By Emily Warshaw
Storah On The Road
I'll say it: I blog this week with a bit of hesitation. I'm going to give my rendition of what happened last Friday night when Storahtelling musicians Chana Rothman and Ronen Itzik accompanied Kabbalat Shabbat services, led by Amichai Lau-Lavie (with unending help from Jake Goodman), for Tribeca Hebrew in New York City. Let me set the stage (I do so figuratively and literally, acting as Production Coordinator for our 2nd of 4 Friday night services with the TH community): We are on the road, but at home, in downtown NYC. We are hugged together by our tent walls, but pray and sing in St. Peter's Church, the first Catholic Church ever established in Manhattan. We are guests, and we are also leaders, hosts. We welcome our 25 hours of rest by playing music past sunset. We coax the kids off of their seats in the pews to stand, to clap, to sing even if they don't know the words. We do this in the name of community building; we know we are doing something special not just by bringing the Storahtelling world and Tribeca world together, but we are honoring the Sabbath Queen. Enter: my hesitation in blogging - the secret - I worked on Shabbat (shhh!).
I plug in cables, I fiddle with sound levels, I move banners, I even open bottles of wine for Kiddush. I run around a chapel, throwing tent flaps out of the way to make volume adjustments, or to insure that the Tribeca Hebrew 2nd graders have enough cups as they lead their families through the various ritual blessings. I choose the most inconvenient time to run across the back of the chapel. Everyone's back should have been towards me. But no, they are facing me, 180 eyes readying the Sabbath Queen's entrance from the back door during L'cha Dodi, and I run across their view, carrying who knows what, to prepare for dinner. "Oh *&^$," I think, "I'm ruining their moment!" Perhaps running with my head down will make me invisible. I reach my destination and crouch down, to physically hide from them. And then I have a thought: These people, families, are pausing and reflecting on their weeks, allowing nothing to happen in this moment only waiting... for nothing... not nothing, they are waiting for Shabbat, welcoming Shabbat.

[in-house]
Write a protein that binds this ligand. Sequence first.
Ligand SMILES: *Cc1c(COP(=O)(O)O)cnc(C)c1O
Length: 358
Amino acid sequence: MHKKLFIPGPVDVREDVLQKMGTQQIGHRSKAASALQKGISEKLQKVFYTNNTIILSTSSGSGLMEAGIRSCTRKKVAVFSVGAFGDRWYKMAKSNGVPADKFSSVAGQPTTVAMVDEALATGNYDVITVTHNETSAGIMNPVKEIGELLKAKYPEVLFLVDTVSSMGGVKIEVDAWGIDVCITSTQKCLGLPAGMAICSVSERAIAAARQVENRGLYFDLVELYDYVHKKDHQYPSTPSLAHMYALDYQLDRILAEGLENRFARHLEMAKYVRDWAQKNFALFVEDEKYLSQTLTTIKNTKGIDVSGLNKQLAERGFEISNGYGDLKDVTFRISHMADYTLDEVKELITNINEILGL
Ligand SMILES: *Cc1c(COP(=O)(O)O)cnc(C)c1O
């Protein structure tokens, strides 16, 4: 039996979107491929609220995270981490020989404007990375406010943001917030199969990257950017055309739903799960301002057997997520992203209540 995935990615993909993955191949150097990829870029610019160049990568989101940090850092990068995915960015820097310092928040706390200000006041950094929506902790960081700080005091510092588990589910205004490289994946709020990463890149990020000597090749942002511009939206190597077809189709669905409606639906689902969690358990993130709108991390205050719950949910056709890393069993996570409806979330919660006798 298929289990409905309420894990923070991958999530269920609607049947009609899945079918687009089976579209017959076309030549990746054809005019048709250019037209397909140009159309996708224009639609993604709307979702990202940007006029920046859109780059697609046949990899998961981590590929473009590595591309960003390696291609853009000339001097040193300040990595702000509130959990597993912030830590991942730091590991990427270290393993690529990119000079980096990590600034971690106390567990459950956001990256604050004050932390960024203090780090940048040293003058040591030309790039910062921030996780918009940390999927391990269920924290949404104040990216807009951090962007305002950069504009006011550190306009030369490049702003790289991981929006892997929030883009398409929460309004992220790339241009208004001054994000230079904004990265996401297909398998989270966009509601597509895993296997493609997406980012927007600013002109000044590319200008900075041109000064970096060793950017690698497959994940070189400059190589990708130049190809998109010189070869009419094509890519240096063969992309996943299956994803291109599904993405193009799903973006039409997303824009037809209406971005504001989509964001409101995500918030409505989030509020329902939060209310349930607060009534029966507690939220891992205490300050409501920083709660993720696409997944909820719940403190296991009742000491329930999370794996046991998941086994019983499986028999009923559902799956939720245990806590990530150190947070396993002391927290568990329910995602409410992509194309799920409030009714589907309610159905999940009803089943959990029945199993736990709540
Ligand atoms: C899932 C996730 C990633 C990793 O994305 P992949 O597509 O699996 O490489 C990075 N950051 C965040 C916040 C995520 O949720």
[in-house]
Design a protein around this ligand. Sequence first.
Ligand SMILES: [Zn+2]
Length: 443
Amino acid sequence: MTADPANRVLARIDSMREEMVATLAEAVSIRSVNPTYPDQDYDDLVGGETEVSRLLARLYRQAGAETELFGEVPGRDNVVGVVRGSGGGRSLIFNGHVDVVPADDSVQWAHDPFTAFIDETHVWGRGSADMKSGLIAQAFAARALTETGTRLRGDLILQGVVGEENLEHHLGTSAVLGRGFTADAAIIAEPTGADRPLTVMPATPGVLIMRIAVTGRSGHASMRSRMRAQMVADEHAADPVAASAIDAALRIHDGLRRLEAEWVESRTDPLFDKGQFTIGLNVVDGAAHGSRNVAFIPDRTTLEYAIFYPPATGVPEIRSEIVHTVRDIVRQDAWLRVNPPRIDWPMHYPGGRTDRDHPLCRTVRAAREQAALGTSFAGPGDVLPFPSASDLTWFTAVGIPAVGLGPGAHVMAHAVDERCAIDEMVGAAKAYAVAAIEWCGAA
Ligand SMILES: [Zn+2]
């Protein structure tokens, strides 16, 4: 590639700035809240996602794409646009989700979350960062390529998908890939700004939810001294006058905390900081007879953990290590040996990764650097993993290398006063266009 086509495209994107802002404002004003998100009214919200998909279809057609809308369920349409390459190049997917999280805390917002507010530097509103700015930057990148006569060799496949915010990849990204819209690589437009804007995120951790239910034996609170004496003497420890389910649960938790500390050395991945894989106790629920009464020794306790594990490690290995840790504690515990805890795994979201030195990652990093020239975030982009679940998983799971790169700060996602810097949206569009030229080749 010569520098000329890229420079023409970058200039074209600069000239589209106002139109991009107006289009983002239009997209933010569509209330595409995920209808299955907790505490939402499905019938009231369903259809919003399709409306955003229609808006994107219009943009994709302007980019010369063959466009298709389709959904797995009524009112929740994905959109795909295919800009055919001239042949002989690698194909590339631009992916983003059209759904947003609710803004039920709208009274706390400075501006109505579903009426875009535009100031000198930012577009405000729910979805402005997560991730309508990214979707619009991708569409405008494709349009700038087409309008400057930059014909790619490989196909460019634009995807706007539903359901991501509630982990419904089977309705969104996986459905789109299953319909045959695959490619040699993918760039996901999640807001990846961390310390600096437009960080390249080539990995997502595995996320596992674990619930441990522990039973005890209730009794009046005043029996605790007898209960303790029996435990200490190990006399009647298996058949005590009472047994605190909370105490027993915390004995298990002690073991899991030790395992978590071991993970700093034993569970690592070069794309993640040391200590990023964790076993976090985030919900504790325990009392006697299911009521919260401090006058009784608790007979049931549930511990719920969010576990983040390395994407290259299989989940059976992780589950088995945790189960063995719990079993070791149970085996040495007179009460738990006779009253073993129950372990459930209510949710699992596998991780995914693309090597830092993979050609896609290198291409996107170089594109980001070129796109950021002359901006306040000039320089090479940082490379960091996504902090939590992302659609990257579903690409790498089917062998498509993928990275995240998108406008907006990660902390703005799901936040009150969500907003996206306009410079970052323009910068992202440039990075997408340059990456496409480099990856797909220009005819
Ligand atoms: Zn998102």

Why can't I allow myself the same moment? I stand up, I join them, their moments, and wait. They come back together as community, one that I've separated myself from because I take my work seriously and I must get the job done. But literally, at the end of the day, who will care that I moved through their stillness? I don't think they will, I don't think fellow Storahtellers will, only I care. I worked through Shabbat, and in doing so asked myself the question that I know so many have asked before me: How do I balance work with a spiritual moment? I don't know the answer, probably most people have their own, but what works for me today, or last Friday, is: I don't necessarily have to have a balance, but I am allowed to have this moment, be it 2 minutes or 24-some-odd hours. The moment I have is to pause, reflect, do nothing, and allow the Sabbath Queen to enter my mind, however fleeting the moment may be, one moment out of a week full of thousands of moment, I am allowed one. We are all allowed, asked, to take the time.
But I have to run; grape juice just spilled on the bimah.